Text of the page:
History Professor Receives Herzog Ernst Fellowship

College of Charleston history professor Jason Coy has been awarded a Herzog Ernst Fellowship for Postdoctoral Studies to continue his research for a book on divination and demonology in early modern Germany. Coy will spend summer 2012 at the University of Erfurt’s Research Center for Social and Cultural Studies in Gotha, Germany. The Research Center focuses on early modern intellectual history. Taking its cue from the interdisciplinary history of scholarship, the Center aims to throw a spotlight on often-neglected areas of early modern learning. The Herzog Ernst Fellowship, funded by the Fritz Thyssen Foundation, aims to both promote and intensify the academic profession through the use of the resources of the research library.

“This is an incredible opportunity for a scholar in my field,” Coy says. “This major research library holds over 680,000 rare printed works and 800 running meters of archival materials, making it one of the most significant collections of early modern sources in Germany. The research library is housed in Schloss Friedenstein, a Baroque palace built in the 1640s by Duke Ernst I the Pious of Saxe-Gotha, the namesake of the fellowship.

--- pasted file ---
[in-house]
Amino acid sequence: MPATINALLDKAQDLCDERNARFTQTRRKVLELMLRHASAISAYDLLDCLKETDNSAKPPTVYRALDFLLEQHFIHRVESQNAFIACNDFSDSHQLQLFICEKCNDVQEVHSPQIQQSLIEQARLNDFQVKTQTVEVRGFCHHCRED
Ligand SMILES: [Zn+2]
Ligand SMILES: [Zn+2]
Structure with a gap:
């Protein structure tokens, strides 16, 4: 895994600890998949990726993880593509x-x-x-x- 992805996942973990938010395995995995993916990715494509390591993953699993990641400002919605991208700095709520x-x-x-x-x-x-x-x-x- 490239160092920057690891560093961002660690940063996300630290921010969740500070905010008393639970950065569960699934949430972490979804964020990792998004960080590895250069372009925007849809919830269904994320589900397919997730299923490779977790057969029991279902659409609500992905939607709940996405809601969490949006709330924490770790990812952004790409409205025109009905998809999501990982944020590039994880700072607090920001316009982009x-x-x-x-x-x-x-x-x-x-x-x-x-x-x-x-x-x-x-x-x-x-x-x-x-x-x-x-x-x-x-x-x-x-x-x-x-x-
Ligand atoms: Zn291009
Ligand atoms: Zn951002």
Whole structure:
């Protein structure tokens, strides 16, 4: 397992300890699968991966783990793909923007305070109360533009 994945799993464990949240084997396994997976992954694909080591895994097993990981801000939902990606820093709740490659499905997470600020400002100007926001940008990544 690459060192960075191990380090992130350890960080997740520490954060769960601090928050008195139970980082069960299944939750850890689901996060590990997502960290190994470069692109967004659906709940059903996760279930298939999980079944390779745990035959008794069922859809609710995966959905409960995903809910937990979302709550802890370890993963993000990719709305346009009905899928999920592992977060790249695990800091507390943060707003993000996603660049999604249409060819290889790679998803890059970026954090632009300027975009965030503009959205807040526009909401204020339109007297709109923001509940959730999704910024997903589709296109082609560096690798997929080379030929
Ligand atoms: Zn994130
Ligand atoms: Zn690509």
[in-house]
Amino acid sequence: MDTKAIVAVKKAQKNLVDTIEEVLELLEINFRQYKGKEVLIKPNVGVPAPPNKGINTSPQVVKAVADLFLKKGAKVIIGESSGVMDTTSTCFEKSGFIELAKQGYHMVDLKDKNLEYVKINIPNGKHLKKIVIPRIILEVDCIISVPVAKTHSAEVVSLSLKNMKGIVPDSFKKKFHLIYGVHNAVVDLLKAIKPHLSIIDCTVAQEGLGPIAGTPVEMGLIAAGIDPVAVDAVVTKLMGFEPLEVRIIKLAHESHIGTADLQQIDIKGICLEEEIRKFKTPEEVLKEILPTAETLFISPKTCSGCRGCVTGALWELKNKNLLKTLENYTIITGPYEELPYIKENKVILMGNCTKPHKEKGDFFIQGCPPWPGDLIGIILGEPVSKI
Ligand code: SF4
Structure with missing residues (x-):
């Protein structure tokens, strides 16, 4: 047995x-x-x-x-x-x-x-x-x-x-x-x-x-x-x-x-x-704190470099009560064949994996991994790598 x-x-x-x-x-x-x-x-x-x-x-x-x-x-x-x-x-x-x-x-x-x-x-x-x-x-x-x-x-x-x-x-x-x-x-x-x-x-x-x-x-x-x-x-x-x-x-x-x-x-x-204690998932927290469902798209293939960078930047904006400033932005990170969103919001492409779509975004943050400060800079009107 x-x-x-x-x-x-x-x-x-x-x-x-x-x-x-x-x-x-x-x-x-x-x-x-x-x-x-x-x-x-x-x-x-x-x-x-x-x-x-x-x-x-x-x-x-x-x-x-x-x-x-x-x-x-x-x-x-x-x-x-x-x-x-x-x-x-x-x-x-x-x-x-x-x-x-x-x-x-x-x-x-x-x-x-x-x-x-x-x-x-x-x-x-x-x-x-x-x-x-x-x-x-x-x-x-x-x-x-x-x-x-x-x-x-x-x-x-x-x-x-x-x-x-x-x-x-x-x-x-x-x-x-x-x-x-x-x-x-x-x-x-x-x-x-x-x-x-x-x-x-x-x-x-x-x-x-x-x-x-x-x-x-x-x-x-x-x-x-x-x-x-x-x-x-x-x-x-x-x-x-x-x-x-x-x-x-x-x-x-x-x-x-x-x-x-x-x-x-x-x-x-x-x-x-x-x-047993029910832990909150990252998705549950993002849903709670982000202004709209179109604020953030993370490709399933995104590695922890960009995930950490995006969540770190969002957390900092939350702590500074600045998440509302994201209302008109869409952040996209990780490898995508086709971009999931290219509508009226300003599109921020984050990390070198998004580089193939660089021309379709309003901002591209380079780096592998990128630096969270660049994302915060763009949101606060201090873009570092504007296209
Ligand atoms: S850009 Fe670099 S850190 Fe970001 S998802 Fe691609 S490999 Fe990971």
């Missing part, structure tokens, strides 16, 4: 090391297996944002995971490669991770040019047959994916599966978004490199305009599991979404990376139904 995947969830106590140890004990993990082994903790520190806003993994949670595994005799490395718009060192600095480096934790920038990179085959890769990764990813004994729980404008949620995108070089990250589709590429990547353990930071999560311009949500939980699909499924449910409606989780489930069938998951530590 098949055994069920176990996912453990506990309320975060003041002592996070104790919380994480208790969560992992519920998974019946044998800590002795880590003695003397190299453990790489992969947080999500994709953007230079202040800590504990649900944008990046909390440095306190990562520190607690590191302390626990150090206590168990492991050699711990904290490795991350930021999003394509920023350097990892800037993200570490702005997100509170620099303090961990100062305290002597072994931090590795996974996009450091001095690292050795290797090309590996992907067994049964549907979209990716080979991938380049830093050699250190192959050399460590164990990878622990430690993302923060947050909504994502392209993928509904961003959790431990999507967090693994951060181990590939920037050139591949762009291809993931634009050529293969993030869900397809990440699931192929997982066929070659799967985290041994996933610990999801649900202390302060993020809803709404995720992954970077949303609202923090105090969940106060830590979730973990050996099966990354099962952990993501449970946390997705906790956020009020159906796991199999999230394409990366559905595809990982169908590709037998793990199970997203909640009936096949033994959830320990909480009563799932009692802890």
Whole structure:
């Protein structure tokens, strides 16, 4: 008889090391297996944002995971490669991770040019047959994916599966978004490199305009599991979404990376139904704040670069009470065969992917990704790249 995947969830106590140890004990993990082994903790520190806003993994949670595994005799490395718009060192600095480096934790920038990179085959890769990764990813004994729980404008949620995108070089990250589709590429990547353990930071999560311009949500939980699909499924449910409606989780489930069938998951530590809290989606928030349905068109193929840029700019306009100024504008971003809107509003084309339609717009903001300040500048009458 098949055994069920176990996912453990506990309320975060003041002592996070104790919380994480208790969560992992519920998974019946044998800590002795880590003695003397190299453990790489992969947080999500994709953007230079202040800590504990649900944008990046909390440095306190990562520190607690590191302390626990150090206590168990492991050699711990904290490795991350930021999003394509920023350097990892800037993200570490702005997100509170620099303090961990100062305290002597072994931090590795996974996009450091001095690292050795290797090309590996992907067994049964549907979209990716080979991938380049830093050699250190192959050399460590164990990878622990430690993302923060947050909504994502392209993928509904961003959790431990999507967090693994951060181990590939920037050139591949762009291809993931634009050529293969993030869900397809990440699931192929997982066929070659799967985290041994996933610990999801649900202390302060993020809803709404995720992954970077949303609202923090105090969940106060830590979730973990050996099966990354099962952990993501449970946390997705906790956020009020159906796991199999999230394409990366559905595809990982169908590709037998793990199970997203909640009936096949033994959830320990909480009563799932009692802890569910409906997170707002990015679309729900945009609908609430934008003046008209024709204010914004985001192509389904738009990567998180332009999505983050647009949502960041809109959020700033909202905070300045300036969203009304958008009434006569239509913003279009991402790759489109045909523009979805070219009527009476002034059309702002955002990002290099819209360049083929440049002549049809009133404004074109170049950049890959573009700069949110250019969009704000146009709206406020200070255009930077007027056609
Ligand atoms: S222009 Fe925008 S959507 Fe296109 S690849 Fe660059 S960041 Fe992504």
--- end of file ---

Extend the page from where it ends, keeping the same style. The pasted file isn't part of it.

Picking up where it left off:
Coy is the author of Strangers and Misfits: Banishment, Social Control, and Authority in Early Modern Germany (2008), an examination of criminality and authority in Reformation-era Germany. His most recent publication is a survey of German history from the Paleolithic era to the present, entitled A Brief History of Germany (2011). Coy also wrote the introduction and co-edited (with Benjamin J. Marschke, and David W. Sabean) an edited volume entitled The Holy Roman Empire, Reconsidered (2010). This work, which presents the most recent scholarly approaches to studying the Holy Roman Empire, is the inaugural volume in a new book series sponsored by the German Studies Association, the leading international conference group in the field.

Jason Coy earned his Ph.D. from the University of California, Los Angeles in 2001. His research and teaching interests include the history of early modern Europe, the European Reformation, and European magic and witchcraft. He is currently working on a book manuscript on divination and fortune-telling in Reformation-era Germany. The study will examine learned astrological beliefs, popular divinatory practices, and theological condemnations of divination, condemnations rooted in biblical and classical proscriptions, notions of the demonic, and belief in divine providence.

Jason Coy can be reached at coyj@cofc.edu or 843.953.8273.